Herbal teas are openly sold in markets and main streets of big cities like Cotonou in Benin. Most people treat themselves at low cost with wide variety of herbal plants with proven therapeutic properties. The purpose of this research was to evaluate the content of heavy metals in herbal teas sold daily in Cotonou. In addition, we would evaluate if this heavy metal content of herbal teas could affect the renal function of regular consumers. Therefore, herbal teas samples were collected from selected sellers at well-known places. Samples’ analyses were done by reverse anodic stripping voltammetry with the Metalyser HM 3000 coupled to PC 101 NT pump. Biological markers of kidney failure in blood and urine of regular consumers were also assessed. Renal creatinine clearance and albuminuria were measured, the ratio of micro-albuminuria/creatininuria was calculated, and then red and white blood cells were counted. The results indicate that 7.69 and 30.77% of the herbal teas samples displayed an abnormal high concentration in cadmium (Cd) and lead (Pb) concentration, respectively. Statistical significant difference was found between the analyzed herbal tea samples in regard to Cd and Pb content (P ˂ 0.01). No obvious biological sign of severe kidney damage has been noted among regular consumers using their blood and urine samples. Only 8.60% of them had clearances between 60 and 89 ml/min/1.73 m2 with mild kidney failure. This study indicates that some herbal teas contain toxic chemicals such as Cd and Pb over recommended limits of 3 and 10 µg/L, respectively. The regular consumption of these herbal teas could be health threatening for the population.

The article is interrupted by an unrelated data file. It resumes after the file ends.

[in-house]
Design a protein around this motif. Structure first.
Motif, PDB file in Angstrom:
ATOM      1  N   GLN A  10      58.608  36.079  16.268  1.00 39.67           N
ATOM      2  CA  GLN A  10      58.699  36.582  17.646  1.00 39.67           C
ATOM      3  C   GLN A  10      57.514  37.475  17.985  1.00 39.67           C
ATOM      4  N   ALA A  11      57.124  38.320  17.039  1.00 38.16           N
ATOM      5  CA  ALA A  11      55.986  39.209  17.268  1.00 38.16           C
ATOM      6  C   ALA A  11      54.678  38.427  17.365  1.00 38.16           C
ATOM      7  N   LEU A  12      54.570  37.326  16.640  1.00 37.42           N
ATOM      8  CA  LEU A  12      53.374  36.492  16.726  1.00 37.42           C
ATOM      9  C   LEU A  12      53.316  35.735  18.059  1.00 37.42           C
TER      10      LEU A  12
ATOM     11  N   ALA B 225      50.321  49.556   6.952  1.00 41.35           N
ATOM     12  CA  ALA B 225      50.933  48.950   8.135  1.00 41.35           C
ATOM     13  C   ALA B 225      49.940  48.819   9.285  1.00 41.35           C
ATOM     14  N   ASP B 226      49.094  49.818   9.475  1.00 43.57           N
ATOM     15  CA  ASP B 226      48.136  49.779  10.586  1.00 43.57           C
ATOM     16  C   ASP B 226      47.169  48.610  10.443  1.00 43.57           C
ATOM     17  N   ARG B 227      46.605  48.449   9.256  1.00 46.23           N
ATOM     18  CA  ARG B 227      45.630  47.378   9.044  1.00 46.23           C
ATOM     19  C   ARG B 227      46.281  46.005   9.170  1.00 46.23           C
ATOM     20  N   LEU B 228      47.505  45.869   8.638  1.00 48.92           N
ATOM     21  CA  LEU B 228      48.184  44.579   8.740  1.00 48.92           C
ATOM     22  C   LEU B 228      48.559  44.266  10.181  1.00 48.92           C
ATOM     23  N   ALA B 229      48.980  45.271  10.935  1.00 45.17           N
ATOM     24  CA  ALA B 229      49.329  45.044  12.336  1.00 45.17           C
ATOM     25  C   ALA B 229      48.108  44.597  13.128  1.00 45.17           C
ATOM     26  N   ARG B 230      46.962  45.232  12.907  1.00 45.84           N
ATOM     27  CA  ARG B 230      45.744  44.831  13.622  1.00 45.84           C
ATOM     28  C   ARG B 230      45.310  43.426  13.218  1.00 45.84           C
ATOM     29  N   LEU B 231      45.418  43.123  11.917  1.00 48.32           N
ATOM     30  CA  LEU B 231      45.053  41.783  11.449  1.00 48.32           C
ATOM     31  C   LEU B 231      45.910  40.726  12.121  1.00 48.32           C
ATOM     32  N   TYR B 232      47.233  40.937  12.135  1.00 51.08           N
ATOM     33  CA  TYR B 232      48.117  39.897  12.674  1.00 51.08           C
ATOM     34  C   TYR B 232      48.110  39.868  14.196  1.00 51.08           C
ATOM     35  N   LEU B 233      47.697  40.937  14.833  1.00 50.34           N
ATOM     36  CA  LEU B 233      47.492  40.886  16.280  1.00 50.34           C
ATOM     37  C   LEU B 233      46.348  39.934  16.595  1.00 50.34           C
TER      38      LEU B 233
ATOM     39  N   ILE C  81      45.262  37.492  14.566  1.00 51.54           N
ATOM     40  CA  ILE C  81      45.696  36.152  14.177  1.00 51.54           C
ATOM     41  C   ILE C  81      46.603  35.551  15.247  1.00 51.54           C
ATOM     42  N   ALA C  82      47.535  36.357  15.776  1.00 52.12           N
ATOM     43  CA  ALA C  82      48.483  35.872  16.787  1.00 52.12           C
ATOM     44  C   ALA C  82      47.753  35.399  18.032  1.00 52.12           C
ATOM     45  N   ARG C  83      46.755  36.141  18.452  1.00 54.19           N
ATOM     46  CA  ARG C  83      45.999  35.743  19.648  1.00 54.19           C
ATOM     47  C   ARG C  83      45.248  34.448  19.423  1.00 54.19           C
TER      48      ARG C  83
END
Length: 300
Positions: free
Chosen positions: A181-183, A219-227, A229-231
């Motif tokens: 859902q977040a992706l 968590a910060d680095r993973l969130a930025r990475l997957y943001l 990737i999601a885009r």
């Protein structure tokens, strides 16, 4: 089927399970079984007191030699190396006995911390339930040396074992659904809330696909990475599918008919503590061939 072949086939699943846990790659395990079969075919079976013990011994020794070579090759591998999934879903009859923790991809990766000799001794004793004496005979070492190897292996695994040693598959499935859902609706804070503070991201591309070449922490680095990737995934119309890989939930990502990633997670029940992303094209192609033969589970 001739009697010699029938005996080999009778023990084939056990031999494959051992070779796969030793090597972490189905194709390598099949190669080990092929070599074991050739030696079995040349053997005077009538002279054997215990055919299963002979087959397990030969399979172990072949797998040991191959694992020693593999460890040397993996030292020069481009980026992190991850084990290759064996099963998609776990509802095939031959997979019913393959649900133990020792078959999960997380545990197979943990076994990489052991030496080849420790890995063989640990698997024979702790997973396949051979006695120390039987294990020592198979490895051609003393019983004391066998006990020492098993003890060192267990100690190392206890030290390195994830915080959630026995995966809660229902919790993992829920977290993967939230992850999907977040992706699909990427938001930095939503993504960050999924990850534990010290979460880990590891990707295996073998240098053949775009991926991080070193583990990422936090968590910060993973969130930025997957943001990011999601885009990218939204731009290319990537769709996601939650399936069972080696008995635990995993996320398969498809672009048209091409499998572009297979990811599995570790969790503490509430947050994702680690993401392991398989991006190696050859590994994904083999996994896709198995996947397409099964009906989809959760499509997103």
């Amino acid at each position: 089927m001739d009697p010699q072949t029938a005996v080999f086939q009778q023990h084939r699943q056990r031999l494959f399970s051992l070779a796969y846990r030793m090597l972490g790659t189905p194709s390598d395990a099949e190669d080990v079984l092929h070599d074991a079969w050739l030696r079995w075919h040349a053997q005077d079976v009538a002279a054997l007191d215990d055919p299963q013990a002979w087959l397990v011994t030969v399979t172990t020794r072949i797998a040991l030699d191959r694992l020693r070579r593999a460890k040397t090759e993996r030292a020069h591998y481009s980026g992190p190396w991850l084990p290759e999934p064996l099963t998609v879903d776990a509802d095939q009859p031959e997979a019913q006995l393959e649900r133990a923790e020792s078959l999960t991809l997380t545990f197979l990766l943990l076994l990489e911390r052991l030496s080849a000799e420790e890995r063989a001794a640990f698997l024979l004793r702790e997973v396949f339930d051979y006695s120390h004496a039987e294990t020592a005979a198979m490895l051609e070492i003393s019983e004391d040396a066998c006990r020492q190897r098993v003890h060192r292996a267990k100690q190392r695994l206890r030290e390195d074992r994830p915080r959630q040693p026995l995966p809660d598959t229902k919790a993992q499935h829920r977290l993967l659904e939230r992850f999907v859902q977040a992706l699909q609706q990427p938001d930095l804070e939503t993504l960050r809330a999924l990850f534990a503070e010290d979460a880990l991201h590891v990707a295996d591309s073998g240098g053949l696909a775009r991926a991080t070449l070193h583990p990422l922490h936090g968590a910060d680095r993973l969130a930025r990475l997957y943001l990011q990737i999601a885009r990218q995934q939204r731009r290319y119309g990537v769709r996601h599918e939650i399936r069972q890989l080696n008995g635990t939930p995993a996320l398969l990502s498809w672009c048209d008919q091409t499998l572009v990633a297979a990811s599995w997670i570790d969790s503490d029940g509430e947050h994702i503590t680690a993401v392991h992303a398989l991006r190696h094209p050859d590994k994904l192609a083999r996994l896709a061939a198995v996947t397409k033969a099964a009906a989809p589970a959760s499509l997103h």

Key words: Herbal teas, heavy metals, environmental pollution, human renal function, anodic stripping voltammetry.
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